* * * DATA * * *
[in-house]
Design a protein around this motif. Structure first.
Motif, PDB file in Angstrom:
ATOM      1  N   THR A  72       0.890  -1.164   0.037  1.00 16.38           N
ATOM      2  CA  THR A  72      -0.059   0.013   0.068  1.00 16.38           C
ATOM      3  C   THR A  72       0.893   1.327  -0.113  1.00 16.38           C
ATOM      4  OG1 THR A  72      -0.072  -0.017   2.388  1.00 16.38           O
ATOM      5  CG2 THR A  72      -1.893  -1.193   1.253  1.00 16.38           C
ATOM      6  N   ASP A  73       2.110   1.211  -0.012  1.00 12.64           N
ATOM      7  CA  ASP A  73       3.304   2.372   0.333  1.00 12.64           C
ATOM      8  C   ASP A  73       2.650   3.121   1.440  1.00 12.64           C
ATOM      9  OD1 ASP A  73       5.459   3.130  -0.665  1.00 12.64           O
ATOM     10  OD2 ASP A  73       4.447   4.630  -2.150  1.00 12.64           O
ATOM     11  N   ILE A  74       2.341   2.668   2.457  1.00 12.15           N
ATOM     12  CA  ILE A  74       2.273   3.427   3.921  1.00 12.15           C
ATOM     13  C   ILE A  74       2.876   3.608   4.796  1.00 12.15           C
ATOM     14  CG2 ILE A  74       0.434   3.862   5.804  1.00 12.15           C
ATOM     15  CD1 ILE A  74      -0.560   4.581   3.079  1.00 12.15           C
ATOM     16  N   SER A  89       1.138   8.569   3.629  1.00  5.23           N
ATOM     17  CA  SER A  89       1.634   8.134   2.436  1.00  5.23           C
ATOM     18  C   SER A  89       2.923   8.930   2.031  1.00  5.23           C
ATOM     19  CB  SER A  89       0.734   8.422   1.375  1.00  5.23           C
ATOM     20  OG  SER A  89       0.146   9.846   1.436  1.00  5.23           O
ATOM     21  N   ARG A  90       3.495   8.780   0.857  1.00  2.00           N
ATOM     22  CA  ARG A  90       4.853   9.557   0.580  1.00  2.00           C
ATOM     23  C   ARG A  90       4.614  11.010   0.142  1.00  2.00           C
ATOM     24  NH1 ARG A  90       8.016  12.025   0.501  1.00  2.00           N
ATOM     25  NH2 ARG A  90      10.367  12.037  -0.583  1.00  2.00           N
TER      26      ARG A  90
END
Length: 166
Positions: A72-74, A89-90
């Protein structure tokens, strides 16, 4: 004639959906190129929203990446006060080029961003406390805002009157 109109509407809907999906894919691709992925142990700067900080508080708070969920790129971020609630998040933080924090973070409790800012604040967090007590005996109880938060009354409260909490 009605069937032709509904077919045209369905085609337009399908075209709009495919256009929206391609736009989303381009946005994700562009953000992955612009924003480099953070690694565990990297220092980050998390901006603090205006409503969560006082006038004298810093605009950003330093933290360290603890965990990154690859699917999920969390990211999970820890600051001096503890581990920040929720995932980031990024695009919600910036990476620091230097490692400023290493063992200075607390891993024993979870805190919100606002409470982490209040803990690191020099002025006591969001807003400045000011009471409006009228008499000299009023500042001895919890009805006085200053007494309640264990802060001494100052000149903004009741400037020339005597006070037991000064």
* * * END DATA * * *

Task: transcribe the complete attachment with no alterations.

[in-house]
Design a protein around this motif. Structure first.
Motif, PDB file in Angstrom:
ATOM      1  N   THR A  72       0.890  -1.164   0.037  1.00 16.38           N
ATOM      2  CA  THR A  72      -0.059   0.013   0.068  1.00 16.38           C
ATOM      3  C   THR A  72       0.893   1.327  -0.113  1.00 16.38           C
ATOM      4  OG1 THR A  72      -0.072  -0.017   2.388  1.00 16.38           O
ATOM      5  CG2 THR A  72      -1.893  -1.193   1.253  1.00 16.38           C
ATOM      6  N   ASP A  73       2.110   1.211  -0.012  1.00 12.64           N
ATOM      7  CA  ASP A  73       3.304   2.372   0.333  1.00 12.64           C
ATOM      8  C   ASP A  73       2.650   3.121   1.440  1.00 12.64           C
ATOM      9  OD1 ASP A  73       5.459   3.130  -0.665  1.00 12.64           O
ATOM     10  OD2 ASP A  73       4.447   4.630  -2.150  1.00 12.64           O
ATOM     11  N   ILE A  74       2.341   2.668   2.457  1.00 12.15           N
ATOM     12  CA  ILE A  74       2.273   3.427   3.921  1.00 12.15           C
ATOM     13  C   ILE A  74       2.876   3.608   4.796  1.00 12.15           C
ATOM     14  CG2 ILE A  74       0.434   3.862   5.804  1.00 12.15           C
ATOM     15  CD1 ILE A  74      -0.560   4.581   3.079  1.00 12.15           C
ATOM     16  N   SER A  89       1.138   8.569   3.629  1.00  5.23           N
ATOM     17  CA  SER A  89       1.634   8.134   2.436  1.00  5.23           C
ATOM     18  C   SER A  89       2.923   8.930   2.031  1.00  5.23           C
ATOM     19  CB  SER A  89       0.734   8.422   1.375  1.00  5.23           C
ATOM     20  OG  SER A  89       0.146   9.846   1.436  1.00  5.23           O
ATOM     21  N   ARG A  90       3.495   8.780   0.857  1.00  2.00           N
ATOM     22  CA  ARG A  90       4.853   9.557   0.580  1.00  2.00           C
ATOM     23  C   ARG A  90       4.614  11.010   0.142  1.00  2.00           C
ATOM     24  NH1 ARG A  90       8.016  12.025   0.501  1.00  2.00           N
ATOM     25  NH2 ARG A  90      10.367  12.037  -0.583  1.00  2.00           N
TER      26      ARG A  90
END
Length: 166
Positions: A72-74, A89-90
């Protein structure tokens, strides 16, 4: 004639959906190129929203990446006060080029961003406390805002009157 109109509407809907999906894919691709992925142990700067900080508080708070969920790129971020609630998040933080924090973070409790800012604040967090007590005996109880938060009354409260909490 009605069937032709509904077919045209369905085609337009399908075209709009495919256009929206391609736009989303381009946005994700562009953000992955612009924003480099953070690694565990990297220092980050998390901006603090205006409503969560006082006038004298810093605009950003330093933290360290603890965990990154690859699917999920969390990211999970820890600051001096503890581990920040929720995932980031990024695009919600910036990476620091230097490692400023290493063992200075607390891993024993979870805190919100606002409470982490209040803990690191020099002025006591969001807003400045000011009471409006009228008499000299009023500042001895919890009805006085200053007494309640264990802060001494100052000149903004009741400037020339005597006070037991000064």